After college, Nacey worked for a while as an ophthalmology technician, then took time off when she had her son, Peter. At this point, Nacey hesitated to fill in what happened next. After some persuasion, she told me about her bout with alcoholism and her twelve-year stay in the treatment program at Synanon in Santa Monica, California. "That was a really important part of my life," Nacey said. "I got to sing with Frank Rehak, did some backup with Esther Phillips ­ doo-wa doo-wa kind of stuff ­ and met people like Art Pepper, Frank Morgan and Joe Pass.

"Synanon was like a big university; some of the most exciting people came through, some hard-hitting intellectuals like Abraham Maslow, Lou Yablonsky, and Buckminster Fuller. While I was there, I was going to help change the world. We were building community, and we all took it very seriously. Synanon had been talking about sending out role models ­ missionaries ­ to show how effective the program was. I had been the head of speaking engagements there, so when I went back to San Francisco in the mid-seventies, I was lucky enough to get a job with the city redevelopment agency. I worked my way up the ladder [until] anytime there was an event like a retirement, groundbreaking ceremony, or some kind of reception, I would put together some musicians for the entertainment. That really started me thinking that I could do this, and my next move was coffee hours for my church with musicians like Marvin Chandler, Benny Miller, Wyatt Ruther, and others."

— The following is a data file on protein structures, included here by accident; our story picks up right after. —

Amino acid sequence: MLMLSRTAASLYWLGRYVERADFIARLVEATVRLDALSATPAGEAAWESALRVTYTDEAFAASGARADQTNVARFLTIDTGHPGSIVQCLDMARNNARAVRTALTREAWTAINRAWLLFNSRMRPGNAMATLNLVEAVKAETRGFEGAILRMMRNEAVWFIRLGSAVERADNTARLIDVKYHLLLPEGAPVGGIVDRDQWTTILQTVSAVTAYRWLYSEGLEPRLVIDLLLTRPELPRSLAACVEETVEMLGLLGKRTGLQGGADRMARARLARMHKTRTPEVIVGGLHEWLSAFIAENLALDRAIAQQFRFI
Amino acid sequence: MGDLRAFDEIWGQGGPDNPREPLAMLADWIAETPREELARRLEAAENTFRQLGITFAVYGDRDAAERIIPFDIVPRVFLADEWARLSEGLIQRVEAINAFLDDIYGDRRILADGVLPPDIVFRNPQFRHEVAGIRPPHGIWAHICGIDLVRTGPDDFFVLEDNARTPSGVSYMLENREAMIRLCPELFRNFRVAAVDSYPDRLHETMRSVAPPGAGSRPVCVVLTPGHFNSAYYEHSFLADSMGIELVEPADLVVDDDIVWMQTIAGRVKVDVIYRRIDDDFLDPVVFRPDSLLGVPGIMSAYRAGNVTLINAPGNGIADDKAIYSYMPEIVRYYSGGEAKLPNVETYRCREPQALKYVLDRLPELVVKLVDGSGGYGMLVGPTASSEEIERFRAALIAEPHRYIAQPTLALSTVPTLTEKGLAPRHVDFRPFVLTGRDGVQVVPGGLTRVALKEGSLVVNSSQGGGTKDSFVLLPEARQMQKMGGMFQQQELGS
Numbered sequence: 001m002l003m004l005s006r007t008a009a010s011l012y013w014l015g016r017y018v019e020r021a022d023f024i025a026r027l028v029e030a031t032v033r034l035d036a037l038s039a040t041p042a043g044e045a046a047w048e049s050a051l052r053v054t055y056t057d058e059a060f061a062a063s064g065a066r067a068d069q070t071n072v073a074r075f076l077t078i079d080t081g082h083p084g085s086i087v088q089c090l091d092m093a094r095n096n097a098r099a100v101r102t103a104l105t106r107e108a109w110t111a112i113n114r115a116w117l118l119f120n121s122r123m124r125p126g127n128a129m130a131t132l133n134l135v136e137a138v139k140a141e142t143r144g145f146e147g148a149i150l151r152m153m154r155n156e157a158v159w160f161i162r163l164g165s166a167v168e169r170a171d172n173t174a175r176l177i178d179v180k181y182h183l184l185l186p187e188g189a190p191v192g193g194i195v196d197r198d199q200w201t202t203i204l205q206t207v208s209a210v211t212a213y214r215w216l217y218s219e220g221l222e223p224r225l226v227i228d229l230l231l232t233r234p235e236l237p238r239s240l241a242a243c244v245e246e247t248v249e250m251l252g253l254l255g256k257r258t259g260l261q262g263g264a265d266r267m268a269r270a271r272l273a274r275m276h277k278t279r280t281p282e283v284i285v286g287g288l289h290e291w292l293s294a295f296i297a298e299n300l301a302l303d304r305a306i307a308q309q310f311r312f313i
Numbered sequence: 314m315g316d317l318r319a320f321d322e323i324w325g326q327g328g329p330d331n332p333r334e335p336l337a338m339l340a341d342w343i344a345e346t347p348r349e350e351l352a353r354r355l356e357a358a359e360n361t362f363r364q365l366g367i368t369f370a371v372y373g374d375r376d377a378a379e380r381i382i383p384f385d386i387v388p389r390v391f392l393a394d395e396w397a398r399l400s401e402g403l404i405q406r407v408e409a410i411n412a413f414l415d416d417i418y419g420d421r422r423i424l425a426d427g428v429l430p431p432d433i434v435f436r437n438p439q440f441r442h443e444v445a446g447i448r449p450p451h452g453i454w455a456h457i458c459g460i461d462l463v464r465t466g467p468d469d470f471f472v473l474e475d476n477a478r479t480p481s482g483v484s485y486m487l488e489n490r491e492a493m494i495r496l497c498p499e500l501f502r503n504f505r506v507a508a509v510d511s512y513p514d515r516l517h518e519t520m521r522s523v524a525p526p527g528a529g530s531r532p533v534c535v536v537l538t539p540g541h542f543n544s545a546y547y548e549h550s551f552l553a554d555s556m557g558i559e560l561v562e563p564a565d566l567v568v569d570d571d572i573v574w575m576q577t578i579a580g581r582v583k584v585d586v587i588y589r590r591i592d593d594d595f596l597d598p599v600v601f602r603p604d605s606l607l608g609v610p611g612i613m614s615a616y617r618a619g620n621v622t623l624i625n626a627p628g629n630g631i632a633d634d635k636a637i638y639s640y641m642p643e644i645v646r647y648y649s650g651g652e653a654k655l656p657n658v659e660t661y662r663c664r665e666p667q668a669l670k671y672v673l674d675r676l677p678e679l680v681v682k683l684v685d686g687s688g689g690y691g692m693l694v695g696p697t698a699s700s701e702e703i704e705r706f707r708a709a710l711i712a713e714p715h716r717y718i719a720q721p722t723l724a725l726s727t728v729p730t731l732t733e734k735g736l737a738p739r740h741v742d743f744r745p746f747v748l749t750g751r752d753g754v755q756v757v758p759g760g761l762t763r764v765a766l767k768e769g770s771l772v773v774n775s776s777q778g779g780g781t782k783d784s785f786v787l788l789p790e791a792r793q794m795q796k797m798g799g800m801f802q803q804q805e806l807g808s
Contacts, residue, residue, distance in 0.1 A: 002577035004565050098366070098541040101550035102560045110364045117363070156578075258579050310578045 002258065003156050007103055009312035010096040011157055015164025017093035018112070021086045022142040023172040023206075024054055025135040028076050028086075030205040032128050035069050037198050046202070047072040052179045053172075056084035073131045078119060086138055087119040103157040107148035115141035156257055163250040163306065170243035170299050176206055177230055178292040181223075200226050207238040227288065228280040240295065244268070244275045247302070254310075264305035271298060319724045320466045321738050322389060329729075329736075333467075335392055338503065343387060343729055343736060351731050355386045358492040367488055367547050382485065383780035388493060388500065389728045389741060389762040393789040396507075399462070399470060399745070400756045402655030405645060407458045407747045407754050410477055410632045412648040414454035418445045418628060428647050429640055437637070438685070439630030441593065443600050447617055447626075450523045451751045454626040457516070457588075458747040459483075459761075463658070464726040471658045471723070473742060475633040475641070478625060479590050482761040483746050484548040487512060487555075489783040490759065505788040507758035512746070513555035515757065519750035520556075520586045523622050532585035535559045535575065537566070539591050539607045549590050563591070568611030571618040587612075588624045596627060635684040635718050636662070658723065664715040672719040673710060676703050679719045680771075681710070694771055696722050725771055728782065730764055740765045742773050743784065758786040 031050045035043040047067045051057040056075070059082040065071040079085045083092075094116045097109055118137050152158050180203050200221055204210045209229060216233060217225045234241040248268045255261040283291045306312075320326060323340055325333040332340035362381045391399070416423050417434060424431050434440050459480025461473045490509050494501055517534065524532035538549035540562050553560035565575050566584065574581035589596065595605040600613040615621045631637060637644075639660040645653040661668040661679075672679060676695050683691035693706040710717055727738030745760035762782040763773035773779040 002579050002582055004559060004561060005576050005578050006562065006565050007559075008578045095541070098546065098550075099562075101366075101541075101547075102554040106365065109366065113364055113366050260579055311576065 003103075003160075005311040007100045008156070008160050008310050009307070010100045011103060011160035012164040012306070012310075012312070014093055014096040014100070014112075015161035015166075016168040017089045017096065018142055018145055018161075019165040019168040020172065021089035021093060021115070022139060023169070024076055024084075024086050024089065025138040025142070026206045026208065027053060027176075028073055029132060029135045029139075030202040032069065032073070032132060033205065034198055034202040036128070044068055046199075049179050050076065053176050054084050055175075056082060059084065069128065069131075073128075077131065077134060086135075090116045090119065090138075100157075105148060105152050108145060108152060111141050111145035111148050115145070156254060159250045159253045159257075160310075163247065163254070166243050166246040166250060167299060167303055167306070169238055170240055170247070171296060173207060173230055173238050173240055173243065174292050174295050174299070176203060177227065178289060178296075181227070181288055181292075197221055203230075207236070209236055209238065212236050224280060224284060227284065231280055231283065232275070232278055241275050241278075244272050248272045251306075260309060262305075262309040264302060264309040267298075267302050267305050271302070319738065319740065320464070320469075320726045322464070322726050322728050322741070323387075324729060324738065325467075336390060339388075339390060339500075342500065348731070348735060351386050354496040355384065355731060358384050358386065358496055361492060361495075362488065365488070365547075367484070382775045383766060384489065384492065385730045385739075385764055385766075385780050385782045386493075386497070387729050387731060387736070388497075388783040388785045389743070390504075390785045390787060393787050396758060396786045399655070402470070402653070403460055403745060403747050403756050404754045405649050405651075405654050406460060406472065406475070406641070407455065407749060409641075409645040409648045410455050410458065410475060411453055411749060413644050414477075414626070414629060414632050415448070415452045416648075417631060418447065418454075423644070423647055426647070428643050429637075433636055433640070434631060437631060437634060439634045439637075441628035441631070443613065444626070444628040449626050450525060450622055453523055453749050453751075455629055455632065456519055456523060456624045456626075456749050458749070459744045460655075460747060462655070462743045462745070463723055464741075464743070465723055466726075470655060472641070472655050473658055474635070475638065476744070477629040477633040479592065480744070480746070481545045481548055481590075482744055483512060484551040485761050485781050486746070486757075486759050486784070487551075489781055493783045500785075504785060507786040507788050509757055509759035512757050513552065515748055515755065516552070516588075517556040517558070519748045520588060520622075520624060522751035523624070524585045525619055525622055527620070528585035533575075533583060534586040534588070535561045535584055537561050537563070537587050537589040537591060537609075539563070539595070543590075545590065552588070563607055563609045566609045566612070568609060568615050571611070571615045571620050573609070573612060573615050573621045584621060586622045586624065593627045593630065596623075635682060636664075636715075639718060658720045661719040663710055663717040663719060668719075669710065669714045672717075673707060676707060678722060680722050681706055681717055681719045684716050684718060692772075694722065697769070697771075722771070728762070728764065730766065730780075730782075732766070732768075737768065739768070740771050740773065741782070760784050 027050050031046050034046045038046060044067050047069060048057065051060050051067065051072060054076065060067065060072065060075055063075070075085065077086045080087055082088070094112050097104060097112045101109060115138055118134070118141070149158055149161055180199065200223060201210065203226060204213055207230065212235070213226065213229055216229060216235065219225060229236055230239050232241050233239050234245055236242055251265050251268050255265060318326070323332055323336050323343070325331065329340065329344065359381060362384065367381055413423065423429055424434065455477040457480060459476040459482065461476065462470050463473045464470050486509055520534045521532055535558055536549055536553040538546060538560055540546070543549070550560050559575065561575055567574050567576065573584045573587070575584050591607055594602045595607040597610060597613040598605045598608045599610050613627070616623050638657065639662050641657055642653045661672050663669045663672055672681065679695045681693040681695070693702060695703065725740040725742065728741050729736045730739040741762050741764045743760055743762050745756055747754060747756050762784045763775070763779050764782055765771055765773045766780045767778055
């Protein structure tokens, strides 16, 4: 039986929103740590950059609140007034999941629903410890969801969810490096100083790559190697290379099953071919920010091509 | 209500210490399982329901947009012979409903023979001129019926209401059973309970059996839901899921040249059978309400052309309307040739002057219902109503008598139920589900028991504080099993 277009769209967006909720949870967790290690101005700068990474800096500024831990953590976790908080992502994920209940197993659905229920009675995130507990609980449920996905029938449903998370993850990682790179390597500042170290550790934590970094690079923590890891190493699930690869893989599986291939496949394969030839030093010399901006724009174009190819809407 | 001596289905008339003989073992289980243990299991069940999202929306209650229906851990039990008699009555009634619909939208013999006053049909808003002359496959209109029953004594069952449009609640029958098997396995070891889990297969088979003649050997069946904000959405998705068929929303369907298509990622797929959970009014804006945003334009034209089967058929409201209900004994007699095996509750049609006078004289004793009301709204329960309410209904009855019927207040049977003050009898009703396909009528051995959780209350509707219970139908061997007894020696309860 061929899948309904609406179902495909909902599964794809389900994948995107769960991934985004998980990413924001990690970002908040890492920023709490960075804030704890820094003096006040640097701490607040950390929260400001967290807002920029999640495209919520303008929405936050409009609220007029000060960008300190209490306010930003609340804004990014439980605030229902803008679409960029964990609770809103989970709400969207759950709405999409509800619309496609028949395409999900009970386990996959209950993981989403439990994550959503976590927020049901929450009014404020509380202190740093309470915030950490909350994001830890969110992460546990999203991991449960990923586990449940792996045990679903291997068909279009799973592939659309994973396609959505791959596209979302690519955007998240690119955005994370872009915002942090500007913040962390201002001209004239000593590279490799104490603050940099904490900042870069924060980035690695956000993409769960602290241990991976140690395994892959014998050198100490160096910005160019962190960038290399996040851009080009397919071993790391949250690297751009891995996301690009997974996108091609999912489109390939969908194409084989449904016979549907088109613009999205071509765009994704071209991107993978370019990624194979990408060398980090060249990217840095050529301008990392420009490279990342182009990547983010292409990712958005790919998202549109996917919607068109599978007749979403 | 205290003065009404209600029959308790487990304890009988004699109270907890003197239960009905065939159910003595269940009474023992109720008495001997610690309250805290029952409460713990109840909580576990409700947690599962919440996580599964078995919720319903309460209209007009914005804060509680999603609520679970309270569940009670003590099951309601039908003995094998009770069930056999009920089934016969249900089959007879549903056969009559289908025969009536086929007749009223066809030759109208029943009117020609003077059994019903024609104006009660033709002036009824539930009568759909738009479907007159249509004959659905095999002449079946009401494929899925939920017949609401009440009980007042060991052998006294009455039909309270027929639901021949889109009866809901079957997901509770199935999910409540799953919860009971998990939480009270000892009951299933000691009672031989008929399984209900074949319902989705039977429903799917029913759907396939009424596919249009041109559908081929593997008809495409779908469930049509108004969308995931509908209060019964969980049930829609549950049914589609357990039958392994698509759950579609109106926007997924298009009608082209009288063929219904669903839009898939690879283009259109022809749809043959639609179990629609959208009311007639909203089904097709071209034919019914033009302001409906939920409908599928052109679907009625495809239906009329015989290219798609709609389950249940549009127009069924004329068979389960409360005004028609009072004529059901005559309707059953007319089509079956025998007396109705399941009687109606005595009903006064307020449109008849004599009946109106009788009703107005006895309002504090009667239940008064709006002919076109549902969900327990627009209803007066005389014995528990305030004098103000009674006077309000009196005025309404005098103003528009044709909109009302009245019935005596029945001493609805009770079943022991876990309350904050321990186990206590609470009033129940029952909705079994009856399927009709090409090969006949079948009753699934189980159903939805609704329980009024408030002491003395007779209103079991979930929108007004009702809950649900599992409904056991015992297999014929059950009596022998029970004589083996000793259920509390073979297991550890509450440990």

And that's how Friends of Jazz came into being. Nacey told me that many people in the Bay Area had become dissatisfied with the San Francisco Jazz Festival, so this small core group of supporters began giving benefits for local charities.